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Girls' school head condemns bubblewrapping of kids

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A former British Army Lancer turned girls' school headmaster is the latest to come out against the practice of bubblewrapping children.

Robert McKenzie Johnston, head of the private Queen Mary’s School in Yorkshire, told the Girls Schools Association conference that the safety-conscious culture was being used as an excuse for not doing things and was undermining the "soul" of childhood, The Daily Telegraph reports.

Rather than enclosing his charges in bubblewrap, or the equally moral-fibre-sapping cotton wool, he was happy for them to toboggan down stairs and go walking in the woods at night without a torch.

"I think the girls need to assess risk themselves," he told the conference. As part of this, he said, he is also happy for students to swim in the river on the school grounds to help foster their love of the great outdoors.

According to the school's website, other activities on offer include judo, shooting, canoeing and, of course, pottery. Not to mention riding.

Johnston has touched a raw nerve in a country raised on images of the fearless students of the fictional St Trinians, yet afraid that its moral courage and very muscular moral fibre is being sapped by health and safety bureaucrats intent on wrapping the nation's youth in sundry figurative protective substances. No one's said anything yet, but we're confident that Jiffy bags, scrunched-up newspapers, polystyrene beads, tin foil, and tissue paper will be appearing on the hit list pretty soon.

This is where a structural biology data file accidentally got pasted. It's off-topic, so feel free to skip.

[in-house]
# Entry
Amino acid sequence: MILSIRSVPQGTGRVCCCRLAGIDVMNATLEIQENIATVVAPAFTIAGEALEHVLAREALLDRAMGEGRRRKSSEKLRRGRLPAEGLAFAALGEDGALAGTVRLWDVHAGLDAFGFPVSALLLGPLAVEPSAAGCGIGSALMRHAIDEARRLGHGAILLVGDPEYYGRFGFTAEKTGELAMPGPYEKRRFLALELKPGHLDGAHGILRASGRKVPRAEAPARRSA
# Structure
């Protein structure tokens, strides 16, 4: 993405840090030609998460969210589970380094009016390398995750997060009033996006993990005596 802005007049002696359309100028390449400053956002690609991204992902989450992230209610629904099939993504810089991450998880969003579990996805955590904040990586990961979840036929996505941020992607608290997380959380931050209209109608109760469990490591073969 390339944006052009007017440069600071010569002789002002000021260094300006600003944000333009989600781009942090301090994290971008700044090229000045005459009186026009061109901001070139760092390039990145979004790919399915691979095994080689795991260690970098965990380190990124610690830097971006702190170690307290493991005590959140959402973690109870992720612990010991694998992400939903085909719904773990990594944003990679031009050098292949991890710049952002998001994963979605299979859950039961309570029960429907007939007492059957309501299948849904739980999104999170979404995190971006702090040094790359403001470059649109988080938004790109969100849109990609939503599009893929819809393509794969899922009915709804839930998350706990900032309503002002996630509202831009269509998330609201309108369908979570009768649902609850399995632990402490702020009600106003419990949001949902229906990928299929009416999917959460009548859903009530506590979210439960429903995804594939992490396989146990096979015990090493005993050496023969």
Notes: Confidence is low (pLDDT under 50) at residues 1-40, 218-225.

Last month, TV parenting guru Tanya Byron warned that bubblewrapped children were more likely to fall prey to net predators.

Schools secretary Ed Balls warned of the danger of wrapping children in cotton wool earlier this year, saying kids should spend their time having conker and snowball fights. But not at the same time, presumably.

Even the Royal Society for the Prevention of Accidents has clambered (with all due care, following a thorough risk assessment report) onto the bandwagon - it said that playgrounds had become too safe, meaning that thrill-seeking kids were turning to that other old standby, the railway tracks. ®

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